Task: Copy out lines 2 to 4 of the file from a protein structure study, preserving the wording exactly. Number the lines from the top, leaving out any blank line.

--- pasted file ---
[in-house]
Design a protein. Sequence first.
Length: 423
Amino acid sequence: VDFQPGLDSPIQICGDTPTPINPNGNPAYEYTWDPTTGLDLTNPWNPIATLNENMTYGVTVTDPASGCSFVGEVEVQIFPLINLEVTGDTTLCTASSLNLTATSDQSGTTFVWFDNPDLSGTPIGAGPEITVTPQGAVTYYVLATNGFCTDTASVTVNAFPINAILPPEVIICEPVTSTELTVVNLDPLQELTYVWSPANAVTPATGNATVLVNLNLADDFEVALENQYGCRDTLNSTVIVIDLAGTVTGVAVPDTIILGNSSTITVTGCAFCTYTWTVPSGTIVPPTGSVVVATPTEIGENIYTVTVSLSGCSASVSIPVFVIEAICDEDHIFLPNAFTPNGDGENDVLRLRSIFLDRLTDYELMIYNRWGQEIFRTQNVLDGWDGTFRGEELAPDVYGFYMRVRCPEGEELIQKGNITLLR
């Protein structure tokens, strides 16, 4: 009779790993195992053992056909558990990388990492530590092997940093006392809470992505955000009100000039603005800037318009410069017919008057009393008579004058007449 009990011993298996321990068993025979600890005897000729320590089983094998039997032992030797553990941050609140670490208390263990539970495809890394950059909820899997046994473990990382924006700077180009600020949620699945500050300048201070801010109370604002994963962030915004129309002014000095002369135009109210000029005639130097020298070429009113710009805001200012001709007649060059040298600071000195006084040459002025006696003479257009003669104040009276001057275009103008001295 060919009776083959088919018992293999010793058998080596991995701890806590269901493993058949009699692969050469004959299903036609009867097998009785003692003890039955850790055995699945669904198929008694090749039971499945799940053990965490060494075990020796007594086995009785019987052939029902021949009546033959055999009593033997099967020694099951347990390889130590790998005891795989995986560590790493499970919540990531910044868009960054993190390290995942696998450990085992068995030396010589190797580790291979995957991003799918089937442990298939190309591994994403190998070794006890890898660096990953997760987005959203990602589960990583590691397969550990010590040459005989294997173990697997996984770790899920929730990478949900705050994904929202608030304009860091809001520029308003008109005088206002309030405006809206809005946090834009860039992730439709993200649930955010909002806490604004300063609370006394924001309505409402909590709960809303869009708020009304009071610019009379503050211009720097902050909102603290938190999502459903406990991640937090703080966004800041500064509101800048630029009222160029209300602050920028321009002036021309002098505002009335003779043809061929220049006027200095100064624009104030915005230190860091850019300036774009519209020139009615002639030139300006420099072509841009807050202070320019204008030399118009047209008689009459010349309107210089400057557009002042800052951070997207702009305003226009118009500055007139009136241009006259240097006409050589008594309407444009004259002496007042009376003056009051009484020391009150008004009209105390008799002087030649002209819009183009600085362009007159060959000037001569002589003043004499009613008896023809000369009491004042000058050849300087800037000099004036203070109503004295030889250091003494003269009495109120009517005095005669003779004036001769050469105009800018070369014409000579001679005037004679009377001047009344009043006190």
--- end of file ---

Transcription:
Design a protein. Sequence first.
Length: 423
Amino acid sequence: VDFQPGLDSPIQICGDTPTPINPNGNPAYEYTWDPTTGLDLTNPWNPIATLNENMTYGVTVTDPASGCSFVGEVEVQIFPLINLEVTGDTTLCTASSLNLTATSDQSGTTFVWFDNPDLSGTPIGAGPEITVTPQGAVTYYVLATNGFCTDTASVTVNAFPINAILPPEVIICEPVTSTELTVVNLDPLQELTYVWSPANAVTPATGNATVLVNLNLADDFEVALENQYGCRDTLNSTVIVIDLAGTVTGVAVPDTIILGNSSTITVTGCAFCTYTWTVPSGTIVPPTGSVVVATPTEIGENIYTVTVSLSGCSASVSIPVFVIEAICDEDHIFLPNAFTPNGDGENDVLRLRSIFLDRLTDYELMIYNRWGQEIFRTQNVLDGWDGTFRGEELAPDVYGFYMRVRCPEGEELIQKGNITLLR